...It’s hard to get worked up about anything, and that, doubtless, explains why most voters aren’t paying much attention to the midterm elections. Or, rather, they are trying to pay  attention. If you are unfortunate enough to live in one of the states or districts where there is a close contest, you can’t escape so easily. Anytime you switch on your television or radio, you are pretty much guaranteed to be bombarded with the enervating output of political admen, spin doctors, and negative-research shops for whom this is, first and foremost, a profit-making industry.
"Thumbs Up for Higher Minimum Wages, and for Marijuana Industry"
Marilyn Geewax, NPR
State-level referenda and initiatives were an odd mixed bag, but some traditionally progressive causes — like raising the minimum wage and legalizing marijuana — fared well, with Alaska, Arkansas, Nebraska and South Dakota all raising their minimum wage above the national level.
"Republicans Ride an Empty Wave"
Samuel Goldman, "The American Conservative"
A listicle against the 'wave' interpretation of the midterm outcome from the very readable and provocative American Conservative:
We’ve seen this movie before. Remember the “permanent majority” of 2004? How about the “thumping” of 2006? Then there was the “new majority” of 2008. Of course, that was followed by the “Tea Party wave” of 2010. Which didn’t stop Obama from becoming the first president since Eisenhower to win a majority of the vote for a second time in 2012.
"What ever happened to 'of the people, by the people, for the people'?: A manifesto"
Zephyr Teachout, The Guardian
Our friend Zephyr Teachout — whose gubernatorial run in New York was one of the few exciting stories in American politics this year — posted a 'manifesto' to bust trusts and end limitless spending before the votes were tallied:
While there are many theories for the disgust and apathy towards this election, perhaps it is as simple as this: people don’t like being told falsely they have power when they don’t... Perhaps I can convince 70% of New Yorkers to support a financial-transactions tax. But if there is no responsive democracy, those numbers won’t translate to a financial-transactions tax. I care about dental care, and ending mass private and public surveillance, and funding schools so they can have small class sizes. But I can spend a lifetime advocating for universal dental care, and in a non-responsive democracy, it does not matter. You may recall the 90% of Americans who wanted gun reform following the tragedy at Sandy Hook – but got none. Public opinion without public power inflects every issue in America now.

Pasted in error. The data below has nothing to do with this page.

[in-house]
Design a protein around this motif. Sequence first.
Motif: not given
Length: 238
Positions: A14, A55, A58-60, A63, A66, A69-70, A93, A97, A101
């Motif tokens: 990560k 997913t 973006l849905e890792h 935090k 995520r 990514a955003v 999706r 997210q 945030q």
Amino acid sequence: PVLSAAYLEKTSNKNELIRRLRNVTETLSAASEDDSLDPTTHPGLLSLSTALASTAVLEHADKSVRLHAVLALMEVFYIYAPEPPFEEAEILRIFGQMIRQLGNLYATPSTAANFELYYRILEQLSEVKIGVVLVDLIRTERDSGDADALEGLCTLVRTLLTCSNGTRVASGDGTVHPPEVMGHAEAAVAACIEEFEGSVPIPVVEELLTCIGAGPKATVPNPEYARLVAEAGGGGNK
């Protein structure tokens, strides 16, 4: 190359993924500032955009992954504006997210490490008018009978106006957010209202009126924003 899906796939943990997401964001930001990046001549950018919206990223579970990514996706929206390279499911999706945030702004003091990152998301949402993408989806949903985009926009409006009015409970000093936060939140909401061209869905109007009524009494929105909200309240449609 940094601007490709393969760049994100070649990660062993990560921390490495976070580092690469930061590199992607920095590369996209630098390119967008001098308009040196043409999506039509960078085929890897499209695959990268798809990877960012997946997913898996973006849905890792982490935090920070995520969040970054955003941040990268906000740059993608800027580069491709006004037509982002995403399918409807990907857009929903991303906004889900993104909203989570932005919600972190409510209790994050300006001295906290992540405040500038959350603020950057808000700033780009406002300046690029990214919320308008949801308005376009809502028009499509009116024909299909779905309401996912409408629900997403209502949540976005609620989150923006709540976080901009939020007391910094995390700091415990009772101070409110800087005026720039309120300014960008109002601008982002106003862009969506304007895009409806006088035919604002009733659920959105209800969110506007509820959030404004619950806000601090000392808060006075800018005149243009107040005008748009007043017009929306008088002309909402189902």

"Why the Democratic Party Acts The Way It Does"
Matt Stoller, Medium
A wonderful review of “The New Democrats and the Return to Power” by Al From, by our guest Matt Stoller.
Democrats faced a shellacking in 2010. They were just defeated, again, up and down the ticket. It happened again in 2014. And while you might think that occupying the White House is some sort of palliative (and it is), recognize that the Republicans today occupy two-thirds of state legislative seats. This is a country governed at a local and legislative level by deep conservatives. But if you expect changes in philosophy and behavior due to these losses, you’re going to have to do what Al From did. Which is, organize. And don’t just organize to put Democrats in power, organize around ideas the way that Al From did. From’s ideas were incredibly consequential, and they are today the basis for how the West is run.

Related Content

  • Potter

    From an op-ed in today’s NYTimes by Thomas Edsall, Making the President Small a quote

    David Leege, political scientist emeritus at Notre Dame, summarized his assessment of the election in a late night email:

    “Bi-election year 2014 was the final chapter in making the president small. The immediate aftermath of 2008 was that Americans had finally conquered their racial aversions. The election of Barack Obama was a victory both for renewed national hope and long-awaited democracy. Obama was big, a star, a voice to be reckoned with, a mind to be taken seriously.

    “By 2014 Obama was small, a punching bag, easily bullied, the one to whom small politicians could talk tough, abusively, the one whose ideas were ignored, the one whom his fellow partisans would come to avoid at all cost. How could this happen in six short years?”